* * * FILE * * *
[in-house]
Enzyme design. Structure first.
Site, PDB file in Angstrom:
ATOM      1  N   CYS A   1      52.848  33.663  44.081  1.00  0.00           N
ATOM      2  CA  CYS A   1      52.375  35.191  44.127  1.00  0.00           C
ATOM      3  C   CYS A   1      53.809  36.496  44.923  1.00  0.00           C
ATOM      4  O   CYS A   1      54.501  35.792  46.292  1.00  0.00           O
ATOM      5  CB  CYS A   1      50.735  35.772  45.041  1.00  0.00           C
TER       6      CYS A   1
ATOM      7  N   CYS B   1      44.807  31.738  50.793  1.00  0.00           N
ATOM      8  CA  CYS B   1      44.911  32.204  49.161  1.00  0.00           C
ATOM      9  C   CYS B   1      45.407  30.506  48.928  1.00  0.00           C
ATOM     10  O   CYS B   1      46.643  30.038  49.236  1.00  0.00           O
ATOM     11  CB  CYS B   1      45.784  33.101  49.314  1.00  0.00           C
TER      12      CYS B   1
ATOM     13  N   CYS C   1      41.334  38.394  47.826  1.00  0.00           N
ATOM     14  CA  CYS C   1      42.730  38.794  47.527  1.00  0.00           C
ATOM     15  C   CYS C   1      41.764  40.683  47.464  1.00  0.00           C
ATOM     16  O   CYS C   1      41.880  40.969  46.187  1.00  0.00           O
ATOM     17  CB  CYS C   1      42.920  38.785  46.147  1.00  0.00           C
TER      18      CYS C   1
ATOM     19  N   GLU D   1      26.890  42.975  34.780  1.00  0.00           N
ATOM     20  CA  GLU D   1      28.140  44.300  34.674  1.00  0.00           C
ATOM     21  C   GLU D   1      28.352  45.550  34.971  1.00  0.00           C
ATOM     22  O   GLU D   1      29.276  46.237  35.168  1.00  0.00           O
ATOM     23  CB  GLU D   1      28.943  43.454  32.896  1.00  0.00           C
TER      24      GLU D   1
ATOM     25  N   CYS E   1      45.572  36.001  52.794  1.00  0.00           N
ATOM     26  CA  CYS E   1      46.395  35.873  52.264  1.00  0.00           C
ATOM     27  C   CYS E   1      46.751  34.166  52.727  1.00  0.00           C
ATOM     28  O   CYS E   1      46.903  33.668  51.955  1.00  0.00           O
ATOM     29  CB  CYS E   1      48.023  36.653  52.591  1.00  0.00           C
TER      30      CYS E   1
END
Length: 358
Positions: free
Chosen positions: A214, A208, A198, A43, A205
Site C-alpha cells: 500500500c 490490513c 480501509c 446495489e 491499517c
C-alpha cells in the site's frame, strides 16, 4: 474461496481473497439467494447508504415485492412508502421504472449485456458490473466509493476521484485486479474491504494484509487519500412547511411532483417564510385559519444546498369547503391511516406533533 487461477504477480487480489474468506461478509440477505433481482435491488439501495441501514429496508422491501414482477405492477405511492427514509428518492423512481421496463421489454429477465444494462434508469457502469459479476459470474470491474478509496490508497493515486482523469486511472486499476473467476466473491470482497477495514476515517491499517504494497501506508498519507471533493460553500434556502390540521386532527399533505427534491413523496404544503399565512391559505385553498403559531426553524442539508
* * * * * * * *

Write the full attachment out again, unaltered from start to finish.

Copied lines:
[in-house]
Enzyme design. Structure first.
Site, PDB file in Angstrom:
ATOM      1  N   CYS A   1      52.848  33.663  44.081  1.00  0.00           N
ATOM      2  CA  CYS A   1      52.375  35.191  44.127  1.00  0.00           C
ATOM      3  C   CYS A   1      53.809  36.496  44.923  1.00  0.00           C
ATOM      4  O   CYS A   1      54.501  35.792  46.292  1.00  0.00           O
ATOM      5  CB  CYS A   1      50.735  35.772  45.041  1.00  0.00           C
TER       6      CYS A   1
ATOM      7  N   CYS B   1      44.807  31.738  50.793  1.00  0.00           N
ATOM      8  CA  CYS B   1      44.911  32.204  49.161  1.00  0.00           C
ATOM      9  C   CYS B   1      45.407  30.506  48.928  1.00  0.00           C
ATOM     10  O   CYS B   1      46.643  30.038  49.236  1.00  0.00           O
ATOM     11  CB  CYS B   1      45.784  33.101  49.314  1.00  0.00           C
TER      12      CYS B   1
ATOM     13  N   CYS C   1      41.334  38.394  47.826  1.00  0.00           N
ATOM     14  CA  CYS C   1      42.730  38.794  47.527  1.00  0.00           C
ATOM     15  C   CYS C   1      41.764  40.683  47.464  1.00  0.00           C
ATOM     16  O   CYS C   1      41.880  40.969  46.187  1.00  0.00           O
ATOM     17  CB  CYS C   1      42.920  38.785  46.147  1.00  0.00           C
TER      18      CYS C   1
ATOM     19  N   GLU D   1      26.890  42.975  34.780  1.00  0.00           N
ATOM     20  CA  GLU D   1      28.140  44.300  34.674  1.00  0.00           C
ATOM     21  C   GLU D   1      28.352  45.550  34.971  1.00  0.00           C
ATOM     22  O   GLU D   1      29.276  46.237  35.168  1.00  0.00           O
ATOM     23  CB  GLU D   1      28.943  43.454  32.896  1.00  0.00           C
TER      24      GLU D   1
ATOM     25  N   CYS E   1      45.572  36.001  52.794  1.00  0.00           N
ATOM     26  CA  CYS E   1      46.395  35.873  52.264  1.00  0.00           C
ATOM     27  C   CYS E   1      46.751  34.166  52.727  1.00  0.00           C
ATOM     28  O   CYS E   1      46.903  33.668  51.955  1.00  0.00           O
ATOM     29  CB  CYS E   1      48.023  36.653  52.591  1.00  0.00           C
TER      30      CYS E   1
END
Length: 358
Positions: free
Chosen positions: A214, A208, A198, A43, A205
Site C-alpha cells: 500500500c 490490513c 480501509c 446495489e 491499517c
C-alpha cells in the site's frame, strides 16, 4: 474461496481473497439467494447508504415485492412508502421504472449485456458490473466509493476521484485486479474491504494484509487519500412547511411532483417564510385559519444546498369547503391511516406533533 487461477504477480487480489474468506461478509440477505433481482435491488439501495441501514429496508422491501414482477405492477405511492427514509428518492423512481421496463421489454429477465444494462434508469457502469459479476459470474470491474478509496490508497493515486482523469486511472486499476473467476466473491470482497477495514476515517491499517504494497501506508498519507471533493460553500434556502390540521386532527399533505427534491413523496404544503399565512391559505385553498403559531426553524442539508